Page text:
“If we continue to eat like we do today we will destroy the planet”
To tackle climate change, we must eat less meat and more plant-based foods. But what really makes people change their diets? This is something that Armando Perez-Cueto, professor in Food, Nutrition and Culinary Sciences, studies.
Text: Elin Andersson
Today 800 million people in the world go to bed hungry – yet we still give food to animals. We could end world hunger if we just ate less meat.
After Armando Perez-Cueto’s daughter was born, he was shocked when he realised how bad the climate crisis really was. He wanted to contribute to a more sustainable future, and this driving force matched his professional interests as a professor at the Department of Food, Nutrition and Culinary Science at Umeå University very well.
“I understood that if I want my daughter to have a liveable life, I must help the world to become a more sustainable place.” Says Armando Perez-Cueto. “One easy way to do that as an individual is to eat more plant-based food, and in my family, we now eat plant-based ourselves. It is very clear, all research points to this, that food from animals have a very large carbon footprint. And in my research, I want to investigate further what can be done to make people eat more plant-based.”
Armando Perez-Cueto, professor in Food, Nutrition and Culinary Sciences, Umeå University.
From the beginning of his career, Armando Perez-Cueto has worked with food, nutrition, and health.
“I was employed within the public sector in Bolivia, and with The Food and Agriculture Organization of the United Nations (FAO) I promoted small scale processing of fruits and vegetables in the Amazonas. I later moved to Belgium to get my post-graduate degrees, and my studies there opened my mind to issues regarding food and nutrition dynamics on population level. Because, when it comes to nutrition, people don't really follow recommendations - especially when it comes to recommendations about fruits and vegetables! So, if you want to people to change their diets, you must use other tools then recommendations. Via surveys, I have learnt more about the people that changed their diets and lifestyles. I later moved on to Denmark, first as associate professor at Aalborg University and later at Copenhagen University. In Denmark I focused even more on understanding the dynamics of healthy and sustainable eating on population level.”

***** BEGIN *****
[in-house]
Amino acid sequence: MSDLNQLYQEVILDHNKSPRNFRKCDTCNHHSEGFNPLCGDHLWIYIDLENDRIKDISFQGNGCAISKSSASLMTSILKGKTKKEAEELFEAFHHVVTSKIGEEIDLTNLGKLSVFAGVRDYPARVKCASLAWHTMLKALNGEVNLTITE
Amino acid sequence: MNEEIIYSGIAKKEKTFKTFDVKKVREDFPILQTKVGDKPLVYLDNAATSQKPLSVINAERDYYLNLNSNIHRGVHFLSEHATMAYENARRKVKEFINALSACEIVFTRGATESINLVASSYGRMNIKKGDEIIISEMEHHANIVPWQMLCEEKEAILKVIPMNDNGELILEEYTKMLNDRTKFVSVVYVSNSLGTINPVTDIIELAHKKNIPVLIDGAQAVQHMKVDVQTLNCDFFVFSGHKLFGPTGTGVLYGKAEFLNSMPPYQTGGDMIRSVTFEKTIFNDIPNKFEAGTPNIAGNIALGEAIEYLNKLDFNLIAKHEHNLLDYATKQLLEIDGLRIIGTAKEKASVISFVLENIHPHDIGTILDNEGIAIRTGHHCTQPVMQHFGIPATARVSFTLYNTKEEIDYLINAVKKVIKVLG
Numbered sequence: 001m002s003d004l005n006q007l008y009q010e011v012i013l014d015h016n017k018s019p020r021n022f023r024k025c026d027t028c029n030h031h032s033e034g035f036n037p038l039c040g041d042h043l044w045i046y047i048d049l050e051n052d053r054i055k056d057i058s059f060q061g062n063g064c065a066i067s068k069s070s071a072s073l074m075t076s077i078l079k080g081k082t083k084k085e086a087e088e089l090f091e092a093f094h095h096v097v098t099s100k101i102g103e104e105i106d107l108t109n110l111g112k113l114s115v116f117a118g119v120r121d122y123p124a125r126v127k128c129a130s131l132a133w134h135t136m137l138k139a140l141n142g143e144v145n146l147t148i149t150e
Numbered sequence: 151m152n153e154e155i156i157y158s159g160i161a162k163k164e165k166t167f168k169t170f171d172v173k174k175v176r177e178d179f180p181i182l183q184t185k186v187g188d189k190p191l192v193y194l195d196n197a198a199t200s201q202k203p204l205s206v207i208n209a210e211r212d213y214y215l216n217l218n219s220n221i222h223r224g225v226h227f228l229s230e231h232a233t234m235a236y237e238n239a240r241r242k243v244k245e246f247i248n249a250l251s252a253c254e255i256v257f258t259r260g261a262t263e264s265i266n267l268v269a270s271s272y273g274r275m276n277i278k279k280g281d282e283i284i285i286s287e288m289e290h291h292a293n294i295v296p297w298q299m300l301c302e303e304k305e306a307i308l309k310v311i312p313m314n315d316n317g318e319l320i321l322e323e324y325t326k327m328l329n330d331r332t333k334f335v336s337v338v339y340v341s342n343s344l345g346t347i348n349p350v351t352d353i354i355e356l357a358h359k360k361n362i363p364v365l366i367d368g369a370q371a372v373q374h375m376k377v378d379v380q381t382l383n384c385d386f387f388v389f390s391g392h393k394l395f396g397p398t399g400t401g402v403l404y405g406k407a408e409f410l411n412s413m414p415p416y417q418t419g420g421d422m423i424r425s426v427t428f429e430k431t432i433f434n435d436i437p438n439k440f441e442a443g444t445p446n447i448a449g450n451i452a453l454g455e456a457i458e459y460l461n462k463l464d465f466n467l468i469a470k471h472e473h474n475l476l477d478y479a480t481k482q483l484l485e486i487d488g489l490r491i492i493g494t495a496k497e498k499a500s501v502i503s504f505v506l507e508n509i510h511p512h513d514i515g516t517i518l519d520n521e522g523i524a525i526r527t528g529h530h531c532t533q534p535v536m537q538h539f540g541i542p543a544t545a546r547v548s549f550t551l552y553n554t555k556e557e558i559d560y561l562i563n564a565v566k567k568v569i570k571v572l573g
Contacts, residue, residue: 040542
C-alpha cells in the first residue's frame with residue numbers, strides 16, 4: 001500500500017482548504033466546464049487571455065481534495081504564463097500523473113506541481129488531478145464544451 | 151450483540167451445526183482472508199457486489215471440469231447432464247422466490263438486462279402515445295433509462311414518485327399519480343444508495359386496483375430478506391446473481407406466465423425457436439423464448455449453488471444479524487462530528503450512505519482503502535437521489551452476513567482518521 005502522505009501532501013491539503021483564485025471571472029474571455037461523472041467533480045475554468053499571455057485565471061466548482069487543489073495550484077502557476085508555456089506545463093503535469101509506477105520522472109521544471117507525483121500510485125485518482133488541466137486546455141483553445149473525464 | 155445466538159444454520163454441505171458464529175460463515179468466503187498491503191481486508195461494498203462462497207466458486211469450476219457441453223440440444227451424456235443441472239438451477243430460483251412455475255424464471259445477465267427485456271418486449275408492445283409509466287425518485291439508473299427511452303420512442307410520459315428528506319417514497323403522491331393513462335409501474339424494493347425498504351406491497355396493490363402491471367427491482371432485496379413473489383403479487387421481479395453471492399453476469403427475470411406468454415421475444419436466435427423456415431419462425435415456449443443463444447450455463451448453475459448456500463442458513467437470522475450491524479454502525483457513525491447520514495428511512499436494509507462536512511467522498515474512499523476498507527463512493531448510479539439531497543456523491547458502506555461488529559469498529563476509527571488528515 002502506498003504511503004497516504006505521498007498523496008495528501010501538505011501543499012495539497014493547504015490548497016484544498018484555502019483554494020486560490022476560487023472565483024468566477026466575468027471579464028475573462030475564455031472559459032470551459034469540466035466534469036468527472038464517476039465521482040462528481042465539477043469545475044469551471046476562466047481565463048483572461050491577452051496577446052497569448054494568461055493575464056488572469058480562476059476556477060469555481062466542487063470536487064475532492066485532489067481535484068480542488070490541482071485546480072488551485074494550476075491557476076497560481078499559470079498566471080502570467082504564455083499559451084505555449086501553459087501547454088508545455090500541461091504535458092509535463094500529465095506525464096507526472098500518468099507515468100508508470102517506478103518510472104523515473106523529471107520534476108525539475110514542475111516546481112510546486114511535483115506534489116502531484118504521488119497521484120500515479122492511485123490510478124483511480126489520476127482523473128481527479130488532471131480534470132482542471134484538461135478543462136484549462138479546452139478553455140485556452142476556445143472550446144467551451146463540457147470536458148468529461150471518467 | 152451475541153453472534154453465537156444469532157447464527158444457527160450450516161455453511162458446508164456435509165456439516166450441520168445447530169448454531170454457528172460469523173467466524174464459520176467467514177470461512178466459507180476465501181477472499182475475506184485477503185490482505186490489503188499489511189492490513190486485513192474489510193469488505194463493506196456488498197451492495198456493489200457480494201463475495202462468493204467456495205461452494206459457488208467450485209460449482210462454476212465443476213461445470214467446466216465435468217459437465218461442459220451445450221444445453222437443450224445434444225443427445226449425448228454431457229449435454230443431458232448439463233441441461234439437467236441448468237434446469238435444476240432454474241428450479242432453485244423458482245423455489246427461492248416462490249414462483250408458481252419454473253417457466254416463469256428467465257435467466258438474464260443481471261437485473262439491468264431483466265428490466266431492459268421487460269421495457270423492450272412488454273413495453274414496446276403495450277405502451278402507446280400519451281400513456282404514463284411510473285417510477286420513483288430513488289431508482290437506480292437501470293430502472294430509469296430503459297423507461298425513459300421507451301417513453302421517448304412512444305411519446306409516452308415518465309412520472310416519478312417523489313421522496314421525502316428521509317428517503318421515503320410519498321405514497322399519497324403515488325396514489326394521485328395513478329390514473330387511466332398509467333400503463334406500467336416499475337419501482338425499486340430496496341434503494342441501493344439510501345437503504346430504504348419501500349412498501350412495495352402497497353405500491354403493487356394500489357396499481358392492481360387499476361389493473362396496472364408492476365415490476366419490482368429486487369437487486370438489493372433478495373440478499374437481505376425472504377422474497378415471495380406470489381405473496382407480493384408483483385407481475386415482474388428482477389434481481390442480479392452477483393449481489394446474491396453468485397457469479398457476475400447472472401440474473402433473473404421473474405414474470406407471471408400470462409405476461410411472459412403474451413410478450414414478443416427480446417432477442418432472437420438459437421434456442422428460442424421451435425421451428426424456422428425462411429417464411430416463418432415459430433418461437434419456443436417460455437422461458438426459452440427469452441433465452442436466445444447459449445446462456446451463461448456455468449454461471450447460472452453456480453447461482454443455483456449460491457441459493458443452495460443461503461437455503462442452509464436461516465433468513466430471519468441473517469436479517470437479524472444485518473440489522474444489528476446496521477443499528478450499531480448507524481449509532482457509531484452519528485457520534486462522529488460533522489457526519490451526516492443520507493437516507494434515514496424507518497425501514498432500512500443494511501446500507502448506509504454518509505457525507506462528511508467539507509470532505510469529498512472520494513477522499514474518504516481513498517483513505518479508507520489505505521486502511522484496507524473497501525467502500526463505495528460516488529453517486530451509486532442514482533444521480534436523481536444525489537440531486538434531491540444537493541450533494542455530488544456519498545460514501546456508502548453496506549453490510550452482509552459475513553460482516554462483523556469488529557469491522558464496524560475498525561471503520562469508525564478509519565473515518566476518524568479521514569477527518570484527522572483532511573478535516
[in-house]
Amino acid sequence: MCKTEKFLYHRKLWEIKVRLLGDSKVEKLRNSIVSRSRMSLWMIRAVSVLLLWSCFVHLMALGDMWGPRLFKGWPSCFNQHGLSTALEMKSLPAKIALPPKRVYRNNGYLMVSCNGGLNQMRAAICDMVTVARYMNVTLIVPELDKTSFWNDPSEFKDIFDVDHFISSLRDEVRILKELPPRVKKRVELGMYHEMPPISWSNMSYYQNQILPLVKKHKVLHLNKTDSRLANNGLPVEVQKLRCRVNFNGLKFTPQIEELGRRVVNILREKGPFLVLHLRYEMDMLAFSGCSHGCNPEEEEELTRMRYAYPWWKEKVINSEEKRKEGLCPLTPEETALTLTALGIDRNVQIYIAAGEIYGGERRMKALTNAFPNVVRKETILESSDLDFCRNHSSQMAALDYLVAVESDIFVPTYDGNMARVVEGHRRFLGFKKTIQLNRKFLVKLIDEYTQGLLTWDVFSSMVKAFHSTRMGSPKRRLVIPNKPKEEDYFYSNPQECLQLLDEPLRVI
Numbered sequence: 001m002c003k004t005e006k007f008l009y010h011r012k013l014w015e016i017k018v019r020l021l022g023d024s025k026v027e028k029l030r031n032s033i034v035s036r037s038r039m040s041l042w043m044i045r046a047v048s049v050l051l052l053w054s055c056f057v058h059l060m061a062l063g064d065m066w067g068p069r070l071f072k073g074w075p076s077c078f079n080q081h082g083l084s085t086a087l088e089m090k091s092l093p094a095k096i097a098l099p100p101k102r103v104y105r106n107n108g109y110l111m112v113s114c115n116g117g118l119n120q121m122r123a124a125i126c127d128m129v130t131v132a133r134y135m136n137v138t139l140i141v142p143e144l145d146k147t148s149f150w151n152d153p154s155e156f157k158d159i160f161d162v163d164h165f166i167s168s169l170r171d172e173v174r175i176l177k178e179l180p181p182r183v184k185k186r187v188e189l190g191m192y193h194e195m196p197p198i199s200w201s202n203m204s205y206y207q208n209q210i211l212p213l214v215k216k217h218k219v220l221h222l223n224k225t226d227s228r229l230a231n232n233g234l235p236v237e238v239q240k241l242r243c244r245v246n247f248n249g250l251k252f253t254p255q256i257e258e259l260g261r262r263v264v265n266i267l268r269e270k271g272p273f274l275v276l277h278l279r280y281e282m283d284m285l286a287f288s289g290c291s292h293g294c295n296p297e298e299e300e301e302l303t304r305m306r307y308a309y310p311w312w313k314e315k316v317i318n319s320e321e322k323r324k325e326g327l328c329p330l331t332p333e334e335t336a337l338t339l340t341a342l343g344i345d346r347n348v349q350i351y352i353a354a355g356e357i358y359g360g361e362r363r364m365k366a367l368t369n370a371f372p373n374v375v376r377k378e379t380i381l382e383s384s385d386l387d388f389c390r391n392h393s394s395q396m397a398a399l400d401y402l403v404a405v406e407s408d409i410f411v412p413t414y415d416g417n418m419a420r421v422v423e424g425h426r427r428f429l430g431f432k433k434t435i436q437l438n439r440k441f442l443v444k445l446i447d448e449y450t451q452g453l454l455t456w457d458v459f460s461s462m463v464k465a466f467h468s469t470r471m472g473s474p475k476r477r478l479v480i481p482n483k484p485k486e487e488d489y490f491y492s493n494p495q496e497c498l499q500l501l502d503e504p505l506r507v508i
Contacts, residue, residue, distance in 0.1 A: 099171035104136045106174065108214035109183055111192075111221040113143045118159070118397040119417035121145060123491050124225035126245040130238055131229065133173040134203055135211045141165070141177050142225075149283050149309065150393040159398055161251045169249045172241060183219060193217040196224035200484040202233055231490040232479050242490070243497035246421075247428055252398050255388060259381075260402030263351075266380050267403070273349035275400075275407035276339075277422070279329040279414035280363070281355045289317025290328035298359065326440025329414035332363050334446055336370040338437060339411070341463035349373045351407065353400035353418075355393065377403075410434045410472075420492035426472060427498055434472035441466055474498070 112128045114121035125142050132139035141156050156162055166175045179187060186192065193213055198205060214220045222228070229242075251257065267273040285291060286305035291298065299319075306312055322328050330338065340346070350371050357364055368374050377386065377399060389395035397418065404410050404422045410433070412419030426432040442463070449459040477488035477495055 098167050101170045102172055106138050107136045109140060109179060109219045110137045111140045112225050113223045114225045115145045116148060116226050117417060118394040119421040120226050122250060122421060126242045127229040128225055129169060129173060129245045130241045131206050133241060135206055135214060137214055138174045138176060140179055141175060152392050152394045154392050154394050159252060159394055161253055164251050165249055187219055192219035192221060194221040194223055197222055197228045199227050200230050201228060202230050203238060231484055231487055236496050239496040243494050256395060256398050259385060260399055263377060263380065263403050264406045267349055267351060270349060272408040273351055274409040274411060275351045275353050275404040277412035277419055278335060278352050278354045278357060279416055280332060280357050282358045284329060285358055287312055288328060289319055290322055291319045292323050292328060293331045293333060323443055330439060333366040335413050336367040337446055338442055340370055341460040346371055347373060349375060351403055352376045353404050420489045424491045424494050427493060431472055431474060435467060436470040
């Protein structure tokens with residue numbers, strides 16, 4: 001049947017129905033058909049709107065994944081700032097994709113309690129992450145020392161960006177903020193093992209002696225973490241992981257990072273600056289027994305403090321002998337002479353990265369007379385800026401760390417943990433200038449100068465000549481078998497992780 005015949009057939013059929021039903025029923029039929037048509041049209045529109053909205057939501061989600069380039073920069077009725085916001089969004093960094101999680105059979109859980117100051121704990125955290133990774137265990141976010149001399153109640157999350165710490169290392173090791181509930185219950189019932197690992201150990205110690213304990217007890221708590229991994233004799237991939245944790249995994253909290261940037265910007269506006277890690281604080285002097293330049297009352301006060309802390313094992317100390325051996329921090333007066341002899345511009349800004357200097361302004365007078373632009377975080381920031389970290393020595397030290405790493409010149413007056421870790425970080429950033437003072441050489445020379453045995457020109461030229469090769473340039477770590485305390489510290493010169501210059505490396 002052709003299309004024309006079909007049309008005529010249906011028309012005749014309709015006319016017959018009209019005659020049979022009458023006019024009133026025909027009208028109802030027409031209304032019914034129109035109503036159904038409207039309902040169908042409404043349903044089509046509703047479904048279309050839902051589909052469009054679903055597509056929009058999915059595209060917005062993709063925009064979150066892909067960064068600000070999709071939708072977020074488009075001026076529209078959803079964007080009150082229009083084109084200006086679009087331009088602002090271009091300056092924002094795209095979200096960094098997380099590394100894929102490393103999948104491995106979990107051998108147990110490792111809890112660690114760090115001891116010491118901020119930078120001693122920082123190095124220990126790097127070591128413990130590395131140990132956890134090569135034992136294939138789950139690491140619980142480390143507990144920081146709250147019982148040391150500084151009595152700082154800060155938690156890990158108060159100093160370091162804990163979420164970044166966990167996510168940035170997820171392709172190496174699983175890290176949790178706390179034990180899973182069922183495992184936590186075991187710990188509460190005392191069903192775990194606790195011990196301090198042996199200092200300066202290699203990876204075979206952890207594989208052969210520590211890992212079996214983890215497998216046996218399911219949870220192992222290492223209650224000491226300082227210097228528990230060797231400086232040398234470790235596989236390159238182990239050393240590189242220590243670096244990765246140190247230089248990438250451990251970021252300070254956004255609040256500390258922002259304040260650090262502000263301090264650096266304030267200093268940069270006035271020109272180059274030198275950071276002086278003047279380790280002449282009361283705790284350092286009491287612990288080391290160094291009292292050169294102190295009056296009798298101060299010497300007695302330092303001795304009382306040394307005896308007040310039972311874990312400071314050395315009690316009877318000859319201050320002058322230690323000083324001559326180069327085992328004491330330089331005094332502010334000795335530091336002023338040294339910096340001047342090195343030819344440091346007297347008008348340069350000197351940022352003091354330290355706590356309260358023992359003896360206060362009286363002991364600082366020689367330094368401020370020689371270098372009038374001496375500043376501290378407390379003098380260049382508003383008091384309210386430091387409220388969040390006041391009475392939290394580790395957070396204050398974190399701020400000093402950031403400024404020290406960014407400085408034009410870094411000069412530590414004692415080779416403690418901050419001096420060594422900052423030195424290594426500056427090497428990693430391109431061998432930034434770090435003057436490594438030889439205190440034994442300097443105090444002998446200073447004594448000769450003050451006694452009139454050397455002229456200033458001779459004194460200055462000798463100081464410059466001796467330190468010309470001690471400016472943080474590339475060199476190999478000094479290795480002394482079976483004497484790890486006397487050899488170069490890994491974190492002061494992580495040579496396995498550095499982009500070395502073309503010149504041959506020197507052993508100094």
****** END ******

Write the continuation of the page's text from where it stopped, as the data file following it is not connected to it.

Challenge lay beliefs about plant-based food
To be able to eat more plant-based food, plant-based goods must of course be easily available and affordable. But Armando Perez-Cueto argues that this alone is not enough to make people shift their diets.
Meat is also connected to masculinity – a real man should eat meat. This is of course nonsense.
“The supply of plant-based goods grows, and the prices are becoming more and more affordable. We also have many dietary recommendations that point out that we must eat a more plant-based diet. But this is not enough, I think that to really make a change we need to overcome the many lay beliefs that control our diets. One such belief is that eating meat is traditionally part of our culture. This is not true. If we look back just two generations, we can see that people only ate a fraction of the amount of meat we eat today. Another lay belief is about soy. Some argue that we should not eat soy, because Latin American rainforests are being cut down to grow it. But then you must remember that the soy grown in Latin America is not used to produce soy milk or tofu or other vegan products, but to feed the animals that give us milk and meat. So, the way to stop the growth of these large soy fields is to stop eating meat!”